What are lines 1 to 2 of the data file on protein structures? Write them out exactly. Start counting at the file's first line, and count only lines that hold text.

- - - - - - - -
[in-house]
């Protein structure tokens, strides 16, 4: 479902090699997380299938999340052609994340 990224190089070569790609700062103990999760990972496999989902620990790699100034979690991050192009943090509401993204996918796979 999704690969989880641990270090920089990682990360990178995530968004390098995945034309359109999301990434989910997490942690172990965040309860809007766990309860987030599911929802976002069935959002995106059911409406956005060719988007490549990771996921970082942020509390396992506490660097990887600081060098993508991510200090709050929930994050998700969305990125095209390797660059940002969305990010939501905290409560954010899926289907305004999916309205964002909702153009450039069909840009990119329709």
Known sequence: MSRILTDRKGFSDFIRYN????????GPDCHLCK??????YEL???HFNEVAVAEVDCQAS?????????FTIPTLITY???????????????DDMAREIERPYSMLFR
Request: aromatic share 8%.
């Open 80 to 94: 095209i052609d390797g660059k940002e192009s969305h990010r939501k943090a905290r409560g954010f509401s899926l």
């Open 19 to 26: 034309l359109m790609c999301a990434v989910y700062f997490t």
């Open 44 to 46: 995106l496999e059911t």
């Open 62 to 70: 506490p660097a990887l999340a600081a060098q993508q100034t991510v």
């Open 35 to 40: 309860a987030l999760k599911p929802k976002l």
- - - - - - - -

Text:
[in-house]
């Protein structure tokens, strides 16, 4: 479902090699997380299938999340052609994340 990224190089070569790609700062103990999760990972496999989902620990790699100034979690991050192009943090509401993204996918796979 999704690969989880641990270090920089990682990360990178995530968004390098995945034309359109999301990434989910997490942690172990965040309860809007766990309860987030599911929802976002069935959002995106059911409406956005060719988007490549990771996921970082942020509390396992506490660097990887600081060098993508991510200090709050929930994050998700969305990125095209390797660059940002969305990010939501905290409560954010899926289907305004999916309205964002909702153009450039069909840009990119329709």